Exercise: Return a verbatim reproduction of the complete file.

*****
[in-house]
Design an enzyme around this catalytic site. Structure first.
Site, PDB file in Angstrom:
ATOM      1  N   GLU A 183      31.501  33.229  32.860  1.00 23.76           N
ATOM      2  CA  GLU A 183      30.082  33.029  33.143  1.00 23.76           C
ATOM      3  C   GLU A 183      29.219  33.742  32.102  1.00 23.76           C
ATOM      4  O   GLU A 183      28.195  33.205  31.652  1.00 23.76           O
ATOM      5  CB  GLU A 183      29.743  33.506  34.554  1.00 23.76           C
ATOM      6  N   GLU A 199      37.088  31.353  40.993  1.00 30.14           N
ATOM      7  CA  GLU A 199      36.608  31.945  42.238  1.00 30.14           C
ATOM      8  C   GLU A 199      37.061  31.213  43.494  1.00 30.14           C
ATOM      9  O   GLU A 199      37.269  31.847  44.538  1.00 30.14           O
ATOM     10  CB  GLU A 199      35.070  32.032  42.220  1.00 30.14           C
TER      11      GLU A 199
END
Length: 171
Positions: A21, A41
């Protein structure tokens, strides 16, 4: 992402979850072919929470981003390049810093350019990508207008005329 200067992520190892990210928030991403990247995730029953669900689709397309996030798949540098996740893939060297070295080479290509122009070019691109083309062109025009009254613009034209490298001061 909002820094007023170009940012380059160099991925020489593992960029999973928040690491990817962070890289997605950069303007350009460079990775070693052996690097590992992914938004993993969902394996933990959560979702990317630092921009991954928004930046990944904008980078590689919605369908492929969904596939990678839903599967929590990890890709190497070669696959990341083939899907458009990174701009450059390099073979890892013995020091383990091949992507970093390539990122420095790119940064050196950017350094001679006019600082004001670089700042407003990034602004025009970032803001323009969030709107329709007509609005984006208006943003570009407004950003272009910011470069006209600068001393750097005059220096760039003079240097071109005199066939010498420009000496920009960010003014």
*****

[in-house]
Design an enzyme around this catalytic site. Structure first.
Site, PDB file in Angstrom:
ATOM      1  N   GLU A 183      31.501  33.229  32.860  1.00 23.76           N
ATOM      2  CA  GLU A 183      30.082  33.029  33.143  1.00 23.76           C
ATOM      3  C   GLU A 183      29.219  33.742  32.102  1.00 23.76           C
ATOM      4  O   GLU A 183      28.195  33.205  31.652  1.00 23.76           O
ATOM      5  CB  GLU A 183      29.743  33.506  34.554  1.00 23.76           C
ATOM      6  N   GLU A 199      37.088  31.353  40.993  1.00 30.14           N
ATOM      7  CA  GLU A 199      36.608  31.945  42.238  1.00 30.14           C
ATOM      8  C   GLU A 199      37.061  31.213  43.494  1.00 30.14           C
ATOM      9  O   GLU A 199      37.269  31.847  44.538  1.00 30.14           O
ATOM     10  CB  GLU A 199      35.070  32.032  42.220  1.00 30.14           C
TER      11      GLU A 199
END
Length: 171
Positions: A21, A41
């Protein structure tokens, strides 16, 4: 992402979850072919929470981003390049810093350019990508207008005329 200067992520190892990210928030991403990247995730029953669900689709397309996030798949540098996740893939060297070295080479290509122009070019691109083309062109025009009254613009034209490298001061 909002820094007023170009940012380059160099991925020489593992960029999973928040690491990817962070890289997605950069303007350009460079990775070693052996690097590992992914938004993993969902394996933990959560979702990317630092921009991954928004930046990944904008980078590689919605369908492929969904596939990678839903599967929590990890890709190497070669696959990341083939899907458009990174701009450059390099073979890892013995020091383990091949992507970093390539990122420095790119940064050196950017350094001679006019600082004001670089700042407003990034602004025009970032803001323009969030709107329709007509609005984006208006943003570009407004950003272009910011470069006209600068001393750097005059220096760039003079240097071109005199066939010498420009000496920009960010003014």